It was Jesus himself who taught us the true relationship between him and his Father. When Jesus was hanging on the cross he “cried with a loud voice, saying, Eloi, Eloi, lama sabachthani? which is, being interpreted, My God, my God, why hast thou forsaken me?” (Mark 15:34, italics added). On the day of his resurrection, as Mary went to embrace him “Jesus saith unto her, Touch me not; for I am not yet ascended to my Father: but go to my brethren, and say unto them, I ascend unto my Father, and your Father; and to my God, and your God” (John 20:17, italics added).

When Jesus was describing the reward of those who overcome tribulation he said, “Him that overcometh will I make a pillar in the temple of my God, and he shall go no more out: and I will write upon him the name of my God, and the name of the city of my God, which is new Jerusalem, which cometh down out of heaven from my God: and I will write upon him my new name” (Revelation 3:12).

Although the Bible does say that Jesus is God, what we see in these verses is that even he has a God who is over him, who Jesus is obedient to, and that God is the same being who is our God, and who we too are to worship, pray to, and obey, just as Jesus did. Paul taught, “But I would have you know, that the head of every man is Christ; and the head of the woman is the man; and the head of Christ is God” (1 Corinthians 11:3, italics added). “And ye are Christ’s; and Christ is God’s (1 Corinthians 3:23, italics added). In speaking of Jesus we are told “Thou hast loved righteousness, and hated iniquity; therefore God, even thy God, hath anointed thee with the oil of gladness above thy fellows” (Hebrews 1:9, italics added).

Paul clearly taught this principle when he wrote, “Then cometh the end, when he (Jesus) shall have delivered up the kingdom to God, even the Father; when he shall have put down all rule and all authority and power… And when all things shall be subdued unto him, then shall the Son also himself be subject unto him that put all things under him, that God [the Father] may be all in all” (1 Corinthians 15:24, 28, italics added).

Jesus often declared that he came to do the will of his Father, and we are told that “though he were a Son, yet learned he obedience by the things which he suffered” (Hebrews 5:8). In all that he did, Jesus acted in the capacity of a messenger or servant of God, obediently doing what he had been commanded to do by someone who was superior to him. This is why in the scriptures Jesus is referred to as “the Word of God,” (John 1:1), the “minister of God” (Romans 13:4), and “the Christ of God” (Luke 9:20). In many of the newer translations, Jesus is referred to as a servant of God (Acts 3:13) These are not the titles of someone we would consider to be a God because a God is not someone who is subservient to anyone. Yet throughout the New Testament, Jesus is constantly being portrayed as being perfectly obedient and submissive to the will of his Father in heaven.

And there is yet another way the Bible teaches us who our God is. All Christians acknowledge that Jesus is the “Son of God.” What that clearly states is that God is the Father of Jesus. When Jesus rose from the grave he told Mary “go to my brethren, and say unto them, I ascend unto my Father, and your Father; and to my God, and your God.” We have a Father in heaven and it is the same Father that Jesus has, and that Father is both our God and the God of Jesus. Therefore, that makes us sons of God, the Father as well.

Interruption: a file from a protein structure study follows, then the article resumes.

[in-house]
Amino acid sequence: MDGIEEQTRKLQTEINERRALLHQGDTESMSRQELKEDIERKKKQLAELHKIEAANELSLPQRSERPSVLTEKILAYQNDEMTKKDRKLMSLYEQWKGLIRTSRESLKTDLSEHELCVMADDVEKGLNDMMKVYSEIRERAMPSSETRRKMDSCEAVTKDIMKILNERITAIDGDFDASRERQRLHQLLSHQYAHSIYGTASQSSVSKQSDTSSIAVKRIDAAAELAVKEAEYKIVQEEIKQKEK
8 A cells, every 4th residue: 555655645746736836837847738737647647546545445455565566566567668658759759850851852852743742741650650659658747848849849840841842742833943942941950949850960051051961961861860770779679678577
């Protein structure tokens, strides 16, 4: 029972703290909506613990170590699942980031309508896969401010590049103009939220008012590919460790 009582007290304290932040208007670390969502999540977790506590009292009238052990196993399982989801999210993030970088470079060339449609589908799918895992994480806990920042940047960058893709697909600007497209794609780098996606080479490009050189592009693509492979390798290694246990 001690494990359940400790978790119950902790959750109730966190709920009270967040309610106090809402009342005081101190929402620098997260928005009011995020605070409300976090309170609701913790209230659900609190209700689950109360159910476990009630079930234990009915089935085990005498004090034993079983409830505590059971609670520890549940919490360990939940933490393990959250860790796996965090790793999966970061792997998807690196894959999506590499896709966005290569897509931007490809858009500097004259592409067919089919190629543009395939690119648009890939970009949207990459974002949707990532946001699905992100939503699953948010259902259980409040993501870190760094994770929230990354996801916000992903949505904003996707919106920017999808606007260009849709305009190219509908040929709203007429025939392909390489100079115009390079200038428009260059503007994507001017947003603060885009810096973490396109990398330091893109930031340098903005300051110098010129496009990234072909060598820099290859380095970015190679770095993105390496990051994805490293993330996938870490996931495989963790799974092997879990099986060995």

The scripture also clearly state, “Behold, what manner of love the Father hath bestowed upon us, that we should be called the sons of God” (1 John 3:1). “And if children, then heirs; heirs of God, and joint-heirs with Christ” (Romans 8:17). We are not the sons of Jesus Christ, but the sons of God, the Father, and will become “heirs of God.” But what will we inherit from our Father? The scriptures say that we will be “joint-heirs with Christ,” and a “joint-heir” is someone who shares in or enjoys the same inheritance as the other heirs of the Father.

The scriptures tell us that Jesus “received from God the Father honor and glory” (2 Peter 1:17) and that “God also hath highly exalted him” (Philippians 2:9), “Who is gone into heaven, and is on the right hand of God” (1 Peter 3:22). This is what Jesus inherited from his Father and if we are joint-heirs with Christ, then that is also what we, as sons and daughters of God, our Father, will also inherit.

The Bible tells us, “Humble yourselves therefore under the mighty hand of God, that he may exalt you in due time” (1 Peter 5:6). “He that overcometh shall inherit all things; and I will be his God, and he shall be my son” (Revelation 21:7). “To him that overcometh will I grant to sit with me in my throne, even as I also overcame, and am set down with my Father in his throne” (Revelation 3:21). “And hath made us kings and priests unto God and his Father” (Revelation 1:6), “and we shall reign on the earth” (Revelation 5:10).

Those who are faithful in obeying the Father, will be exalted, given a crown of life, be given glory and honor, sit on thrones, and rule and reign along with or in partnership with Christ. This is the inheritance that Jesus received from his Father and it is also our inheritance as well.

It is true there is God the Father, God, the Son, and God, the Holy Ghost, but for believers in Christ. it is the Father who is the only one and true God.

 

 

 

Related articles can be found at The Nature of God